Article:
Well, at least he can’t be accused of phoning in some throwaway rock lyrics! Vocally, Anderson operates reasonably well within his considerably diminished range, seemingly aware of his own limitations and composing to accommodate them. Some fans will never accept his modern voice, and that’s understandable considering the powerful pipes he had way back when. But he actually sounds pretty good here, and though the days of belting it out are behind him, he achieves some tuneful moments in the comfort of the recording studio.

An old fashioned electric guitar riff intro once in a while wouldn’t hurt…

Comparing the album’s structure to Zealot, which had songs that used harmonica, piano, and guitar as springboards, RökFlöte tends to come across a tad ‘samey’ from piece to piece, with most songs kicking off with a flute line that introduces the main melody. This is not to suggest the album suffers for it necessarily, but an old fashioned electric guitar riff intro once in a while wouldn’t hurt either. Which brings us to the large, grey, tusky animal in the room. Joe Parrish-James is a lovely guitarist – and the longer-tenured John O’Hara, David Goodier, and Scott Hammond all do they good job they always have – but if we’re laying all the cards on the table, these modern day albums could really use Martin Barre’s magic touch. Decades of weaving his axe throughout Tull’s music cannot easily be replaced, no matter the skill of the replacement. There’s also an occasionally sterile feeling to the sound of these albums that could afford to be spiced up with a healthy dose of no-holds-barred rock ‘n roll oomph. Without wishing to harp on it, it’s deserving of a mention: you are still missed, Martin. Nonetheless, the young Parrish-James lends a touch of folky charm to the proceedings (as he does in his band Albion, well worth checking out) and his work on Wolf Unchained in particular might even prompt ‘chugging guitar face’ in the listener. (I don’t know who or what made the wolf call sound that opens and closes that song… perhaps someone stomped on Anderson’s foot?) Either way, Wolf is a solid track in the upper third of the album, and also gets credit for being the first ever in my collection to use the name Groenendael as a lyric.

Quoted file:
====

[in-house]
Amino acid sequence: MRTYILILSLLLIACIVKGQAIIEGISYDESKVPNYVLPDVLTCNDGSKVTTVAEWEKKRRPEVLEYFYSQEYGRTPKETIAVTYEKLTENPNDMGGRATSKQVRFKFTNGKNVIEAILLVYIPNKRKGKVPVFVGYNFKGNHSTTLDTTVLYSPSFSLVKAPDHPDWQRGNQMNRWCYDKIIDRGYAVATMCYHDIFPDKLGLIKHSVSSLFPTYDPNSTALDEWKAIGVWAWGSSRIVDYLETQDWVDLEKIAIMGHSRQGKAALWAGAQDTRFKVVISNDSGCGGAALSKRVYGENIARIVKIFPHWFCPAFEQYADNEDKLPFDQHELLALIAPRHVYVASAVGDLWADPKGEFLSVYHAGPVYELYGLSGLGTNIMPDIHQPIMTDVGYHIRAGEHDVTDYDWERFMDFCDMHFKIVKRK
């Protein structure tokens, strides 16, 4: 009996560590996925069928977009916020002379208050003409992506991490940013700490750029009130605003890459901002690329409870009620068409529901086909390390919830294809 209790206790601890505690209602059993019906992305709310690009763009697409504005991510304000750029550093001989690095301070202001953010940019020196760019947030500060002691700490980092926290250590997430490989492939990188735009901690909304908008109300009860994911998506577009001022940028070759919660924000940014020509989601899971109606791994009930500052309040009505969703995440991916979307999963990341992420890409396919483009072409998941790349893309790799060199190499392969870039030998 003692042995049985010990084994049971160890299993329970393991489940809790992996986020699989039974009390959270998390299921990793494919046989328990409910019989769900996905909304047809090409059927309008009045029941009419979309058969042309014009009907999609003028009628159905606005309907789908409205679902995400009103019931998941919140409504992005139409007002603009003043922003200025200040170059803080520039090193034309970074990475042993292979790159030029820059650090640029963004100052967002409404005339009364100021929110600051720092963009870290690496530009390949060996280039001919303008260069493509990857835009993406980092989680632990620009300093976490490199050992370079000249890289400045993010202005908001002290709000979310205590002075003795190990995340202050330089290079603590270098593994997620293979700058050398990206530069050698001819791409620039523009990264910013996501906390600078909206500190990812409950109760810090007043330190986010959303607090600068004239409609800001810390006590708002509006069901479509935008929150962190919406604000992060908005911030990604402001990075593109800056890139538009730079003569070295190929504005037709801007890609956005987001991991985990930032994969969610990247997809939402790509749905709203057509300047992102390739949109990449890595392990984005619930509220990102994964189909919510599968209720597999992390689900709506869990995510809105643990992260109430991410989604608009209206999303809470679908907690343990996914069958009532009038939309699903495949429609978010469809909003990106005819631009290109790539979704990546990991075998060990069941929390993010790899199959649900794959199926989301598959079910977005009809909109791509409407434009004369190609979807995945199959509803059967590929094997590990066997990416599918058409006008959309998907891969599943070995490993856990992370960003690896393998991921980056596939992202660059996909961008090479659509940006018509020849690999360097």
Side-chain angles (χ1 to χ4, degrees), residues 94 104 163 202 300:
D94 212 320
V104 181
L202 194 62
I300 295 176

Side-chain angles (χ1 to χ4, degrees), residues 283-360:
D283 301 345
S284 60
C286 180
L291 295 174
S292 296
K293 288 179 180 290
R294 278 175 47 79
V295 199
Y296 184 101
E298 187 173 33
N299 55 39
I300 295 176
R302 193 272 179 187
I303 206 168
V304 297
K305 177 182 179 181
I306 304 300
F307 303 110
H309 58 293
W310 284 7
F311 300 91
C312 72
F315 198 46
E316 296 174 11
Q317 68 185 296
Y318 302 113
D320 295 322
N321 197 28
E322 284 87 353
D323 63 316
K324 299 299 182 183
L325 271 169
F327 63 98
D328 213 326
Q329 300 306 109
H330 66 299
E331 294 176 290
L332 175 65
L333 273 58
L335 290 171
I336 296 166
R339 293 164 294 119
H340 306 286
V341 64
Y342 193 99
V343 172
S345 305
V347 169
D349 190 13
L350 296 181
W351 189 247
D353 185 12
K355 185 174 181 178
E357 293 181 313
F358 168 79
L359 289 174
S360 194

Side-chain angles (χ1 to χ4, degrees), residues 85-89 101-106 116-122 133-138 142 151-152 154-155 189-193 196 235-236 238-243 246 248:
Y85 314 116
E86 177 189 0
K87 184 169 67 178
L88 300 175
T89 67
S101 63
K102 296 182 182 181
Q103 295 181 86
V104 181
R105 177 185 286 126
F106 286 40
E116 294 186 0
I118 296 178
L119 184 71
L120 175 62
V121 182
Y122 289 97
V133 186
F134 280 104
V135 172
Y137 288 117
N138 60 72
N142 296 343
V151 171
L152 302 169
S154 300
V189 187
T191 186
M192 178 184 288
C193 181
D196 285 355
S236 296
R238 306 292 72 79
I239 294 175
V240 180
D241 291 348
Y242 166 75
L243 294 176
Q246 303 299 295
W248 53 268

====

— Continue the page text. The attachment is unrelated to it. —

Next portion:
Oddly enough, Anderson is not credited with acoustic guitar on this record (something that has dwindled lately in his live performances too). This does give pause for concerned speculation on his physical condition, with so many musicians of his age sadly developing crippling ailments. Make no mistake though, his signature flute playing remains remarkably intact. One of the tracks with the most potential is The Perfect One, with strong verses and an instrumental section that finds Anderson and Parrish-James turning in lovely solos. But it somehow feels like it should have been longer (and it’s not even that short). Perhaps part of what makes a good song is leaving you wanting more, but I can’t help but feel had this one stretched out a bit, it might have been the strongest track on the record – maybe some will think it is anyway.

The verdict then? Ultimately, for late career releases, RökFlöte lands as one of Anderson’s better ones. It has a proper bookend feel (with Birna returning to deliver more of her mysterious lines on closing track Ithavoll), and the overall concept succeeds in providing an interesting – if unorthodox – theme. It’s a touch on the serious side though, with little in the way of whimsy or Anderson’s saucy humour (though in fairness, the subject matter doesn’t exactly lend itself to eyebrow raising or impish grins). In some ways, it feels like a cousin to Divinities in spirit and scope. That is to say: elegant and likeable… but safe. It’s about as good as we could reasonably hope for from a rock elder staring down the second half of his seventies, and there are plenty of fans who will likely find comfort in the fact that after 55 years, we’re still at a point where the Jethro Tull oeuvre continues to grow.